Summary of study ST001205

This data is available at the NIH Common Fund's National Metabolomics Data Repository (NMDR) website, the Metabolomics Workbench, https://www.metabolomicsworkbench.org, where it has been assigned Project ID PR000809. The data can be accessed directly via it's Project DOI: 10.21228/M83X38 This work is supported by NIH grant, U2C- DK119886.

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Study IDST001205
Study TitlePeroxide antimalarial treatment of K13-mutant and -wildtype P. falciparum parasites
Study SummaryRed blood cells (RBCs) infected with trophozoite stage P. falciparum parasites (Cam3.IIR539T or Cam3.IIrev lines) at 4% parasitaemia and 2% haematocrit were treated with 100 nM of DHA, OZ277 or OZ439 for a duration of 1, 3 and 5 h, respectively. The K13-mutant artemisinin resistant parasite line used was Cam3.IIR539T. The K13-wildtype artemisinin sensitive parasite line used was Cam3.IIrev. The Samples treated with vehicle (DMSO) acted as the untreated control.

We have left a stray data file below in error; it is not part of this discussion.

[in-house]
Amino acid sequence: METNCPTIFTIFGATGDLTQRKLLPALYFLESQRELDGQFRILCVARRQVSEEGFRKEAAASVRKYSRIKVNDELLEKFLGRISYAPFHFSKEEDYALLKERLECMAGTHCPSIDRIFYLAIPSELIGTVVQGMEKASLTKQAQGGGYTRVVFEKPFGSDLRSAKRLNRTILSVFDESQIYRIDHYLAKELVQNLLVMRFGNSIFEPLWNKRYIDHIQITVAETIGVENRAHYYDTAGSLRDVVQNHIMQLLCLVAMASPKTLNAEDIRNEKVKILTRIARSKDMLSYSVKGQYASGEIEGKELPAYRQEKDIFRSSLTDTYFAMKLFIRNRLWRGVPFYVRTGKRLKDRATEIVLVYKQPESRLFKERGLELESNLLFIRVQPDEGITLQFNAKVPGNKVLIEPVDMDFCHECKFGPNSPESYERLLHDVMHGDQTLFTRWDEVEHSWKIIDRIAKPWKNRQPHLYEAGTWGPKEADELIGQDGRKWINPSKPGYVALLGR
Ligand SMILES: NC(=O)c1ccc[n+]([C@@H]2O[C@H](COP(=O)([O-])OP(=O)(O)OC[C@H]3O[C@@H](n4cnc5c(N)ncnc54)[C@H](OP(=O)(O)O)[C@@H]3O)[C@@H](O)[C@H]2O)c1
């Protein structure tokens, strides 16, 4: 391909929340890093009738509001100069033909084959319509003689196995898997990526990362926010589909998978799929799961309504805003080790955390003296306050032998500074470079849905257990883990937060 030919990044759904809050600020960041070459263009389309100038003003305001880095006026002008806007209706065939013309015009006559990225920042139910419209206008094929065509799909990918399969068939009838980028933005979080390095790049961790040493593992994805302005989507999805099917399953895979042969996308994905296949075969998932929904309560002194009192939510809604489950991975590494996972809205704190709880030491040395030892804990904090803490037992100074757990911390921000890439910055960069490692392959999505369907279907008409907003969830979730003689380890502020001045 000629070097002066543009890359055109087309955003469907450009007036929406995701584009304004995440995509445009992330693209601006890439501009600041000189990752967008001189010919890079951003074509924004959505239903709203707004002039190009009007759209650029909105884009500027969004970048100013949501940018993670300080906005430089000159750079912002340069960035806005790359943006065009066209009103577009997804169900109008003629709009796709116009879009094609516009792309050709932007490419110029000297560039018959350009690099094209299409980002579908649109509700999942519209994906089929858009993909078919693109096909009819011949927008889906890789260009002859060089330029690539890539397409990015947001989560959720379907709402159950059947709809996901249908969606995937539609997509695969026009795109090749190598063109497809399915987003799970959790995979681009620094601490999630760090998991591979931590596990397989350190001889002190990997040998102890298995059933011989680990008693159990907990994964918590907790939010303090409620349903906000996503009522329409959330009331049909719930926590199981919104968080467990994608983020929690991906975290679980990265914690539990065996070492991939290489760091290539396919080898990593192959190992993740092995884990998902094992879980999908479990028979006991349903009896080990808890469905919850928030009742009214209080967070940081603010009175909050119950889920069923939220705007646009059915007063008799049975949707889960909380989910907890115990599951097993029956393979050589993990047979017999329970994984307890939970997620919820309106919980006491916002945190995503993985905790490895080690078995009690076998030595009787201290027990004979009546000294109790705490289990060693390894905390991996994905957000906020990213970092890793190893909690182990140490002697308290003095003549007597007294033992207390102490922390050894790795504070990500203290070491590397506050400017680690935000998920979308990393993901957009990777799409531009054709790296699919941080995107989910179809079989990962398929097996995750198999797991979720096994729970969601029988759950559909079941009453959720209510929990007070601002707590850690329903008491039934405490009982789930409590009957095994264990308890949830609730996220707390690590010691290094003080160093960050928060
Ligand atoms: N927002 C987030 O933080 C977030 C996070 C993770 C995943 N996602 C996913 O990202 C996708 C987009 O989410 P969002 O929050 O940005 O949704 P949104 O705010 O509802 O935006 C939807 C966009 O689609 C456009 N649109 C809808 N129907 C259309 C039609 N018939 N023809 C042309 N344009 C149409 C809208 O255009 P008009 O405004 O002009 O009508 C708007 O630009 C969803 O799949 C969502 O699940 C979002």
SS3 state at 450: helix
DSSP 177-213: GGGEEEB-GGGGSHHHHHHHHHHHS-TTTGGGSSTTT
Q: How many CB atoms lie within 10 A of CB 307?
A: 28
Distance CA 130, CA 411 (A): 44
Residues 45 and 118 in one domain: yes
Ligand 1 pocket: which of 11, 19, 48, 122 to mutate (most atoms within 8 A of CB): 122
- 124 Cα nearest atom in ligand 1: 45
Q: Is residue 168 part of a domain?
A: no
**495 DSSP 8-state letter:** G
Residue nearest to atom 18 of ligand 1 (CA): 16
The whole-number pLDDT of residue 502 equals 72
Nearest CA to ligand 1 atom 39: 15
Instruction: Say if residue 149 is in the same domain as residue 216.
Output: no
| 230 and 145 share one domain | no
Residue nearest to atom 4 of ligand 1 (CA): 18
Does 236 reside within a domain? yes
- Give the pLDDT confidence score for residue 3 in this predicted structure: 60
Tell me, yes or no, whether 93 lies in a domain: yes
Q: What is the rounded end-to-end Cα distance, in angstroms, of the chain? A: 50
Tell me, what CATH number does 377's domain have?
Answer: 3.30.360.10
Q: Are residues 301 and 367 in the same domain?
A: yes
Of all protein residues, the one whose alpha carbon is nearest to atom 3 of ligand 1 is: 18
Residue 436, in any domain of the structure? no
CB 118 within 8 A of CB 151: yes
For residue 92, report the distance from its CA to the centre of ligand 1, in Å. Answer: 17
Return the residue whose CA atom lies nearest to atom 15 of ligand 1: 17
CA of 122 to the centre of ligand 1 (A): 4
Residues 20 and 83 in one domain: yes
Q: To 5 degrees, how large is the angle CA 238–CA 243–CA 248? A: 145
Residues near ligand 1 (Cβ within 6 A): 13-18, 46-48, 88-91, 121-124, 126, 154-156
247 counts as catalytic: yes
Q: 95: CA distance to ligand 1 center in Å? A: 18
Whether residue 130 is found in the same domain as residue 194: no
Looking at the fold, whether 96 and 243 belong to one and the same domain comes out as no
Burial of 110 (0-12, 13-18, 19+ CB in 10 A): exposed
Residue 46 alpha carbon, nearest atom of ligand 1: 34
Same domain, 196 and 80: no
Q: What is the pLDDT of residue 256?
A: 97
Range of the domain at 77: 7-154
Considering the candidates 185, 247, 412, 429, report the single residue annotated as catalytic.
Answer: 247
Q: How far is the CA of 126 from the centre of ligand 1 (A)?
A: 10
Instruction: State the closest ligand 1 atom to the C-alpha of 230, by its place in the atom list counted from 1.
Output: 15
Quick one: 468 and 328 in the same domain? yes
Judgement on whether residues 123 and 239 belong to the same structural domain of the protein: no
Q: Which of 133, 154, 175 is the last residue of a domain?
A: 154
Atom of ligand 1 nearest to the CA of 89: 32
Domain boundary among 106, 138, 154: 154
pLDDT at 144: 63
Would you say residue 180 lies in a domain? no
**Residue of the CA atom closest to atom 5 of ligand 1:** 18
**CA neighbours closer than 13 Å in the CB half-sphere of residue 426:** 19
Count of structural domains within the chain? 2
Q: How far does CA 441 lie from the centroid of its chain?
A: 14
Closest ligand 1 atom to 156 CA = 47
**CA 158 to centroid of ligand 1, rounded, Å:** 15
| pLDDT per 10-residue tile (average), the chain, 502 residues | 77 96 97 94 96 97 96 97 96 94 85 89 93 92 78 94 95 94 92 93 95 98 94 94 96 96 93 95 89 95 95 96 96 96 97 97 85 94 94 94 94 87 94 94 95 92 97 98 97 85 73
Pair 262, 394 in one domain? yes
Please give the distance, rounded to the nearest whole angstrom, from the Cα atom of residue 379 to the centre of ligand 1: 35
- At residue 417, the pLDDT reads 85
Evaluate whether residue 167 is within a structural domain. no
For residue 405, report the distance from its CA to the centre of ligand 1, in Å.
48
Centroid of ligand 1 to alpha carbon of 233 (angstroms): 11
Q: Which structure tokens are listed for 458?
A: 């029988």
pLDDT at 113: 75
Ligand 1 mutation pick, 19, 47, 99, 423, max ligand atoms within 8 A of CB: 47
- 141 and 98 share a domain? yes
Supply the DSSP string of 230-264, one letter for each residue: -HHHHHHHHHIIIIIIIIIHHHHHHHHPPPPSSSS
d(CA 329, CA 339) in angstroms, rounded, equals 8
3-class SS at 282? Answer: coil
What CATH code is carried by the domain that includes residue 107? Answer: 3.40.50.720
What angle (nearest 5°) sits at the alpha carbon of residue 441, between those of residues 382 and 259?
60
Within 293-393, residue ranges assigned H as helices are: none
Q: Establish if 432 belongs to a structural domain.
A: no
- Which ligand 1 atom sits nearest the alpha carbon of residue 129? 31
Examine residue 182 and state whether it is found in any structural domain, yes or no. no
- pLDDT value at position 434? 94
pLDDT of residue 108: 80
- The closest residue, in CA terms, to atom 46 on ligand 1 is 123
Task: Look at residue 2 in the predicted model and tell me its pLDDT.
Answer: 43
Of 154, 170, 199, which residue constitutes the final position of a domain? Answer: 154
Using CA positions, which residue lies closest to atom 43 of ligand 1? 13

Institute
Monash University
Last NameGiannangelo
First NameCarlo
Address381 Royal Parade, Parkville, Victoria, 3052, Australia
Emailcarlo.giannangelo@monash.edu
Phone99039282
Submit Date2019-06-26
Raw Data AvailableYes
Raw Data File Type(s).raw
Analysis Type DetailLC-MS
Release Date2019-07-17
Release Version1
Carlo Giannangelo Carlo Giannangelo
https://dx.doi.org/10.21228/M83X38
ftp://www.metabolomicsworkbench.org/Studies/ application/zip

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Project:

Project ID:PR000809
Project DOI:doi: 10.21228/M83X38
Project Title:System-wide biochemical analysis reveals ozonide and artemisinin antimalarials initially act by disrupting malaria parasite haemoglobin digestion